1. – I write a list of daily tasks for the next day.
2. – At the evening, I review how many of my tasks I got done.
3. – I also write a few other things down: (a) What went well today. (b) What I do want to improve. (c) How I will improve. (d) Three amazing things that happened today.
4. – And based on those points, I write down the tasks for the next day (see 1.)
Such a list also has the advantage that I can set weekly goals and then track them by reviewing those days once a week. Can you get more done? Or did you have consistently “too much on your plate”? Is there one item that consistently sticks out?
This list often gets me motivated for the next day. I go to bed with a happy feeling and can’t wait waking up for the next day.
#5 – Have something you are looking forward to the next day. E.g. a “morning routine”.
That follows basically from #4 above. When you wind down your day properly and wake up the next morning, over time it becomes part of your ritual and your body gets used to regular sleep just by force of habit.
When I have a sequence of evening routine – sleep – morning routine. Even sleep is exciting, it’s like a nap before Christmas.
#6 – Polyphasic sleep.
Some people claim that polyphasic sleep is a more natural way to sleep. In fact, people claim that a sleep schedule of several naps during the night has been the natural sleep pattern for many people before the advent of electric lighting. While the science behind multiple “nap cycles” is controversial, if you have trouble sleeping, you may just try out to sleep 30 minutes every six hours (or 20 minutes every 4 hours).
#7 – Make your bed directly after waking up.
That puts a physical landmark on the transition between night and day, sleep and being awake. It gets you used to the notion that you can’t dose off over the day – you have to use the night to “get your sleep in”.
#8 – Kratom
Not all of you may have heard of that – basically, Kratom is a plant grown in Southeast Asia, the leaves of which increase your focus and happiness. Goodlookingloser has a great write-up about Kratom, and I have used it myself over the last half year, with great effects.
I also realized that this supplement makes me slightly more sleepy – I actually require 30 minutes more sleep per night while I am burning Kratom. If you have trouble sleeping, this is definitely worth a try.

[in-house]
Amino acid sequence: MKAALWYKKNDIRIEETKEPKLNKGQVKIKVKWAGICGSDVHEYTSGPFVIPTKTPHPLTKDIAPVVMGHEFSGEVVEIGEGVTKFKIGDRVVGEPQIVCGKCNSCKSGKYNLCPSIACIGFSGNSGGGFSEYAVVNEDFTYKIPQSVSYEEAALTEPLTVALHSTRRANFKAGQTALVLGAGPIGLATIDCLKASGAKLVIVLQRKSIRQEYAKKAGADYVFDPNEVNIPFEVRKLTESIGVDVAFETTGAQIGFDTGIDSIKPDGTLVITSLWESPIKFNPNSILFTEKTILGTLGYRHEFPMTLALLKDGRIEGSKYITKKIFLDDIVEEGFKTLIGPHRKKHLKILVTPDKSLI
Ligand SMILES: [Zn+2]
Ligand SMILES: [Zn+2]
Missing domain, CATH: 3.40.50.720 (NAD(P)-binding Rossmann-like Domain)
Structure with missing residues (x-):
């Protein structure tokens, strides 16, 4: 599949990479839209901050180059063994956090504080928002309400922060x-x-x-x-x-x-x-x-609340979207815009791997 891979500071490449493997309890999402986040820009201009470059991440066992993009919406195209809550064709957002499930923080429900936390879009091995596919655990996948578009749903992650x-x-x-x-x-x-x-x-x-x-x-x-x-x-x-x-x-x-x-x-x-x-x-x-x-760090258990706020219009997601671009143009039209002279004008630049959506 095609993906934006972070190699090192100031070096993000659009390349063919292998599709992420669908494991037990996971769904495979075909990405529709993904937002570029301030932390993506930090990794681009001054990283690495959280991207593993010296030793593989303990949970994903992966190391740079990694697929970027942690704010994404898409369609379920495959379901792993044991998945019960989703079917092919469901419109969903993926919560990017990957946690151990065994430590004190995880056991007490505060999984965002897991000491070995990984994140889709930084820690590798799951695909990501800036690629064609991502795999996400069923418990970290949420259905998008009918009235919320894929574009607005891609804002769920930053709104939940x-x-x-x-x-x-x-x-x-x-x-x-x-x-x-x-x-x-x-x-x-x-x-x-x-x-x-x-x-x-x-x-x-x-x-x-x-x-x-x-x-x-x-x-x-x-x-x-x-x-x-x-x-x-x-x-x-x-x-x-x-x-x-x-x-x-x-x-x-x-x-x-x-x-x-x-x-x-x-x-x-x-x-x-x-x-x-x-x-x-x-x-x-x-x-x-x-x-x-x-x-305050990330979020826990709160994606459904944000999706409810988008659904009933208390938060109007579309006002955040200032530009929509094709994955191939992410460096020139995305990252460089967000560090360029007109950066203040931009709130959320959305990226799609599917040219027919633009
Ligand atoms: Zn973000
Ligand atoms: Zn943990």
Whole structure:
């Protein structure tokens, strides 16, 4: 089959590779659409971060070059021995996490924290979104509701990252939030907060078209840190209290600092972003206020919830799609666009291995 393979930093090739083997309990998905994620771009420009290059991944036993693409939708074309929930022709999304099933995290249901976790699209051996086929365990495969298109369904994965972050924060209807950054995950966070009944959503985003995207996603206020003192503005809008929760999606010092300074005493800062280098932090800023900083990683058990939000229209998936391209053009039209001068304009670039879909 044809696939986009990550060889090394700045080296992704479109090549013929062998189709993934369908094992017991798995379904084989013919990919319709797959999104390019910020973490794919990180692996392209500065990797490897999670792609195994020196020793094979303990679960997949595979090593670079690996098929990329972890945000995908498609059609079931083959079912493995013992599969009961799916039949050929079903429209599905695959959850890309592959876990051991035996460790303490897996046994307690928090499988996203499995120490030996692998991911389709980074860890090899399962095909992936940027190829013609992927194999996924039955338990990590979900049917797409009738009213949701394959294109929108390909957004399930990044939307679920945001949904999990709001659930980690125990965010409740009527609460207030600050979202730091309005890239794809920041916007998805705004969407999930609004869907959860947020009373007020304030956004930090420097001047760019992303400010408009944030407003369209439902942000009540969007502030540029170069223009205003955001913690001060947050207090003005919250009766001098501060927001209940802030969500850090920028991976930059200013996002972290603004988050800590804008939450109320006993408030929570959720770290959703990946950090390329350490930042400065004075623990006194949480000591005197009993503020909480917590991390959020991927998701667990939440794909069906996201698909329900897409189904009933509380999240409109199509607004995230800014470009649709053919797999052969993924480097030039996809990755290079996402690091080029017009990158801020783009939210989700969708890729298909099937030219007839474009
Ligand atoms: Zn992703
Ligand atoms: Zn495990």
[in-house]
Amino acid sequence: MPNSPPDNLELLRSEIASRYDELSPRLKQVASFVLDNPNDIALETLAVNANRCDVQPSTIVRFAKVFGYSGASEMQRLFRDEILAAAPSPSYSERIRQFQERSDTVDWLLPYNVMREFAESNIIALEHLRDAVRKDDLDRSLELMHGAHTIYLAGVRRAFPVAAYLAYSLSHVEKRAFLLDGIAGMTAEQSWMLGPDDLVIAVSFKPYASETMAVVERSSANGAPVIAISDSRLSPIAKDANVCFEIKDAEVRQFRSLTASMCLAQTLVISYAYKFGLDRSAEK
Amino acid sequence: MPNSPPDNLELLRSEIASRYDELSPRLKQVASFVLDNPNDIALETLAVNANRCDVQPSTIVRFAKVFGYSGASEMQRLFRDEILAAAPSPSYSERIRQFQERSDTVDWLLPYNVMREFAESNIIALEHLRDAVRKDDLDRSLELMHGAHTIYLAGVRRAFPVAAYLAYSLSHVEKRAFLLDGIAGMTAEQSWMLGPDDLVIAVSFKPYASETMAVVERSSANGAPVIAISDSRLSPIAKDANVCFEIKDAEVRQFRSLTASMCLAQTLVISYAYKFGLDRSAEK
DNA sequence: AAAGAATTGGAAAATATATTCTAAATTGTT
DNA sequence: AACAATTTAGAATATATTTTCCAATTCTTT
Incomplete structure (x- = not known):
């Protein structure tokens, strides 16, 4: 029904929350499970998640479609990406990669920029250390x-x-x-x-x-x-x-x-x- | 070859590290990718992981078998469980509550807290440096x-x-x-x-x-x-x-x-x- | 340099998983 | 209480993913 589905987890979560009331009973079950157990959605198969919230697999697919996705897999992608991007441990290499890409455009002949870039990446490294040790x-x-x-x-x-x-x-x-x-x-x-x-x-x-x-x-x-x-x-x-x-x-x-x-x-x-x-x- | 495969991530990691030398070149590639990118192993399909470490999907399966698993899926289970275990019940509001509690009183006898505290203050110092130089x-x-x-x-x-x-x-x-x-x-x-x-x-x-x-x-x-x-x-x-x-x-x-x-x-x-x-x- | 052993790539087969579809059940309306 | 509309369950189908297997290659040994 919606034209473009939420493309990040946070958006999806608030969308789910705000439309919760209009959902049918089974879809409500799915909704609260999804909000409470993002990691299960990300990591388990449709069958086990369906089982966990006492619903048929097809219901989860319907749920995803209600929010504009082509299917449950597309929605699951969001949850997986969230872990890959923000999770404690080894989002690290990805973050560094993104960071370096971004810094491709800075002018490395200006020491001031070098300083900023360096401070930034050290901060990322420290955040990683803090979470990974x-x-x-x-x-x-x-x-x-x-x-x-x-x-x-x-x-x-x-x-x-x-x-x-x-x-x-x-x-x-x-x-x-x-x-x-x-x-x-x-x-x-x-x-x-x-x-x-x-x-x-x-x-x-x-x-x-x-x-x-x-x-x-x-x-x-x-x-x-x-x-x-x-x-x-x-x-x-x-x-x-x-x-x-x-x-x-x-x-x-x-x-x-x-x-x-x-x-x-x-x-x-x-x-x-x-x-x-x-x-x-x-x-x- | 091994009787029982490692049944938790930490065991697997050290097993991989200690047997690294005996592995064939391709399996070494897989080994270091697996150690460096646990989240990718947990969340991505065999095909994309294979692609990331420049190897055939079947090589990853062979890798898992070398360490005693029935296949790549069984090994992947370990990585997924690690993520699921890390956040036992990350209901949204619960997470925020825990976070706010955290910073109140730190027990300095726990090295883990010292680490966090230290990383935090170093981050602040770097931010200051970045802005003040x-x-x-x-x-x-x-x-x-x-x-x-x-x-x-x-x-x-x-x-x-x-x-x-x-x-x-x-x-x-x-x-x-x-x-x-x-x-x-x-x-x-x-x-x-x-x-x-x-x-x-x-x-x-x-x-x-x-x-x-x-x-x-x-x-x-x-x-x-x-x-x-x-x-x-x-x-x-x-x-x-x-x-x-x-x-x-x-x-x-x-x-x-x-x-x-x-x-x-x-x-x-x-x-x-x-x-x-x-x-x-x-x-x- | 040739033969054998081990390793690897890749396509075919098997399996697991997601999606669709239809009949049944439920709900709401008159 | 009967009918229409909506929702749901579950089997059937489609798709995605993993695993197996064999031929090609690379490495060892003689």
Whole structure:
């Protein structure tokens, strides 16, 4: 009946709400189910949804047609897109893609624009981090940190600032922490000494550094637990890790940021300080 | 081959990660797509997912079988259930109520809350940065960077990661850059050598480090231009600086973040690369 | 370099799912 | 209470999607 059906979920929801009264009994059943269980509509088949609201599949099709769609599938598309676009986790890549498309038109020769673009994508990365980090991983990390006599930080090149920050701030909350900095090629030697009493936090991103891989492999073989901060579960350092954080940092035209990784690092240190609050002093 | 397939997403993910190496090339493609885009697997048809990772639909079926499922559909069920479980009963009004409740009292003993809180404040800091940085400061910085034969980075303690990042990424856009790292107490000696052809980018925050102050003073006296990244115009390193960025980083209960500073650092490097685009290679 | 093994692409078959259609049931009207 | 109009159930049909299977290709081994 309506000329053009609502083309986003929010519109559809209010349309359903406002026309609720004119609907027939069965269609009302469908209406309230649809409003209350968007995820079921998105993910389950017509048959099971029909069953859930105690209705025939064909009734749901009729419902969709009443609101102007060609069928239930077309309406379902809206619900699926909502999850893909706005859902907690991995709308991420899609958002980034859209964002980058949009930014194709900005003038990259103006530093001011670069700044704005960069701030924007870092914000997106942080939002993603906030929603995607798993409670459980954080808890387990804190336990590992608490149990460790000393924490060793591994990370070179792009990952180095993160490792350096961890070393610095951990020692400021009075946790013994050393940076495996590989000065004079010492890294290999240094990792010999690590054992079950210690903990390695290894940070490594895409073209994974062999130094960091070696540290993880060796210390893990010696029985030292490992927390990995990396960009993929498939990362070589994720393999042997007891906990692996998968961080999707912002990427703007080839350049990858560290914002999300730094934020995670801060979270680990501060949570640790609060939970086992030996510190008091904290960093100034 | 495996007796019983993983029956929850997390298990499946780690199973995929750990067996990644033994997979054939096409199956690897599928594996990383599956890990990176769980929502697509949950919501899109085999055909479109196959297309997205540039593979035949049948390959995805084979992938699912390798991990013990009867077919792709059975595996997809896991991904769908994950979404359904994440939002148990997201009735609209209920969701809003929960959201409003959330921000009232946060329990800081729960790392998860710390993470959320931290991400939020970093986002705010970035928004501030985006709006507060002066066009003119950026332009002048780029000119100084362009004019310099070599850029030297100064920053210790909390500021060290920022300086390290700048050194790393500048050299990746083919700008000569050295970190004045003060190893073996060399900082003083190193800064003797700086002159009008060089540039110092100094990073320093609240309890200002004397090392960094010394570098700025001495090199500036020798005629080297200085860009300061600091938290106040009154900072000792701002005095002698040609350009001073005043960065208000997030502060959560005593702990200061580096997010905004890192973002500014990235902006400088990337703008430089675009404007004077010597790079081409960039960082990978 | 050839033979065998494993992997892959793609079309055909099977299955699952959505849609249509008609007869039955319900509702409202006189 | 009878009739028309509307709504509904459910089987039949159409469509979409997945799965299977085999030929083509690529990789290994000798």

#9 – Becoming present
One of the reasons that I have sometimes trouble sleeping is that there are just too many thoughts in my mind that I try to manage.
For example – while doing the dishes, I sometimes already think about the article I am writing after that.
That’s not how you get into a balanced life. Instead, you want to be present in the moment and fully focus on what you are doing right now.
If you are present in the moment, let go of things and don’t try to actively manage all the different thoughts you have, you will have an easier time “letting sleep come to you” when you are laying in bed.
I see three different ways – not mutually exclusive! – to learn to be present:
1. Meditation – Headspace has a great introductory course that takes 10 minutes out of your day – first 10 days are for free.
2. Gorilla Mindset has a whole chapter on becoming present.
3. A simple trick that I use is to write down all your thoughts over the day. That way, you can stay focused on your current task without worry about forgetting something.
#10 – Workout
If you tire yourself out physically 30 – 60 minutes before you sleep, you will sleep like a baby 😉
#11 – Focused work during the day.
If you focus the whole day, you will tire yourself out by the evening. Your body has no choice but to sleep – similar as with a workout (#10).
If you want to check out “Become an Idea Machine”, you can do so here.
Yesterday’s challenge: Click me!
What is this challenge about? This link will teach you more.
And to get back to the main page, you can click here.
What helps you find good sleep?
Do you have some additional ideas?
Thanks for reading and let us know in the comments below!
(Pictures taken from Wikimedia Commons.)